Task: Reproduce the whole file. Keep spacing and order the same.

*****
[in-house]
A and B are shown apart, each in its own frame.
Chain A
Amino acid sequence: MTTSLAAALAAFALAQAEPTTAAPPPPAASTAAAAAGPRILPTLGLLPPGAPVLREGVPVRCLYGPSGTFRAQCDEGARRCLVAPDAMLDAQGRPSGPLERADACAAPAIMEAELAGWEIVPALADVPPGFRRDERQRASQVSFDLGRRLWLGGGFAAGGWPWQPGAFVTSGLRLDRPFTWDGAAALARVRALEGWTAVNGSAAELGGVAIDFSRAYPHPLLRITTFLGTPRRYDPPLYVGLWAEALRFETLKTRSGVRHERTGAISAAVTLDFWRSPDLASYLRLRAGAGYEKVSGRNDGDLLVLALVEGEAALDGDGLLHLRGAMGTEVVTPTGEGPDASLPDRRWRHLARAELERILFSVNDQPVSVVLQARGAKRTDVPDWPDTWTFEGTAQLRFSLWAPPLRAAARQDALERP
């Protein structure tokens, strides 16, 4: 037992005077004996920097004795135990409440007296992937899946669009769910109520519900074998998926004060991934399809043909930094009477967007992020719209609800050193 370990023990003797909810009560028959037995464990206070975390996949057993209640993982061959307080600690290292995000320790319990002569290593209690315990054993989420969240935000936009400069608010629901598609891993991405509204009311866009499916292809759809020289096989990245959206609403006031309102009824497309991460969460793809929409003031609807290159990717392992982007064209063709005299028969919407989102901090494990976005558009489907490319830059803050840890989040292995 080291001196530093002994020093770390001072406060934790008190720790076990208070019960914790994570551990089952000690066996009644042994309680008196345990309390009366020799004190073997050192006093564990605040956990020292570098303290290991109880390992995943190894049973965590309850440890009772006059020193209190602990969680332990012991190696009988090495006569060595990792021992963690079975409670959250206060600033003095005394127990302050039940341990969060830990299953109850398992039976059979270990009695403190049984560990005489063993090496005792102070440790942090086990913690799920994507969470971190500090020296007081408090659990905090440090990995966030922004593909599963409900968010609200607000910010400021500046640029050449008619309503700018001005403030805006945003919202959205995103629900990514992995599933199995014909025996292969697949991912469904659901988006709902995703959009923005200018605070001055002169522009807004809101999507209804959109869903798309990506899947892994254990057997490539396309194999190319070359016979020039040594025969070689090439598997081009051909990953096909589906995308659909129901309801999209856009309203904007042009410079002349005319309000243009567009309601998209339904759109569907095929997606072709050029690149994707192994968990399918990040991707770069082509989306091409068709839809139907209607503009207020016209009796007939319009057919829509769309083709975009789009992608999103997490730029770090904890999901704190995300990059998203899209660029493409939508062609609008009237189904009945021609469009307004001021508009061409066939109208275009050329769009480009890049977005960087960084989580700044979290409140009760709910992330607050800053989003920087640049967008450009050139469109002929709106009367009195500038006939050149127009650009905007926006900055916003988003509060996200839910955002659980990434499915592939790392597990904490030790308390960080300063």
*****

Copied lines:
[in-house]
A and B are shown apart, each in its own frame.
Chain A
Amino acid sequence: MTTSLAAALAAFALAQAEPTTAAPPPPAASTAAAAAGPRILPTLGLLPPGAPVLREGVPVRCLYGPSGTFRAQCDEGARRCLVAPDAMLDAQGRPSGPLERADACAAPAIMEAELAGWEIVPALADVPPGFRRDERQRASQVSFDLGRRLWLGGGFAAGGWPWQPGAFVTSGLRLDRPFTWDGAAALARVRALEGWTAVNGSAAELGGVAIDFSRAYPHPLLRITTFLGTPRRYDPPLYVGLWAEALRFETLKTRSGVRHERTGAISAAVTLDFWRSPDLASYLRLRAGAGYEKVSGRNDGDLLVLALVEGEAALDGDGLLHLRGAMGTEVVTPTGEGPDASLPDRRWRHLARAELERILFSVNDQPVSVVLQARGAKRTDVPDWPDTWTFEGTAQLRFSLWAPPLRAAARQDALERP
């Protein structure tokens, strides 16, 4: 037992005077004996920097004795135990409440007296992937899946669009769910109520519900074998998926004060991934399809043909930094009477967007992020719209609800050193 370990023990003797909810009560028959037995464990206070975390996949057993209640993982061959307080600690290292995000320790319990002569290593209690315990054993989420969240935000936009400069608010629901598609891993991405509204009311866009499916292809759809020289096989990245959206609403006031309102009824497309991460969460793809929409003031609807290159990717392992982007064209063709005299028969919407989102901090494990976005558009489907490319830059803050840890989040292995 080291001196530093002994020093770390001072406060934790008190720790076990208070019960914790994570551990089952000690066996009644042994309680008196345990309390009366020799004190073997050192006093564990605040956990020292570098303290290991109880390992995943190894049973965590309850440890009772006059020193209190602990969680332990012991190696009988090495006569060595990792021992963690079975409670959250206060600033003095005394127990302050039940341990969060830990299953109850398992039976059979270990009695403190049984560990005489063993090496005792102070440790942090086990913690799920994507969470971190500090020296007081408090659990905090440090990995966030922004593909599963409900968010609200607000910010400021500046640029050449008619309503700018001005403030805006945003919202959205995103629900990514992995599933199995014909025996292969697949991912469904659901988006709902995703959009923005200018605070001055002169522009807004809101999507209804959109869903798309990506899947892994254990057997490539396309194999190319070359016979020039040594025969070689090439598997081009051909990953096909589906995308659909129901309801999209856009309203904007042009410079002349005319309000243009567009309601998209339904759109569907095929997606072709050029690149994707192994968990399918990040991707770069082509989306091409068709839809139907209607503009207020016209009796007939319009057919829509769309083709975009789009992608999103997490730029770090904890999901704190995300990059998203899209660029493409939508062609609008009237189904009945021609469009307004001021508009061409066939109208275009050329769009480009890049977005960087960084989580700044979290409140009760709910992330607050800053989003920087640049967008450009050139469109002929709106009367009195500038006939050149127009650009905007926006900055916003988003509060996200839910955002659980990434499915592939790392597990904490030790308390960080300063």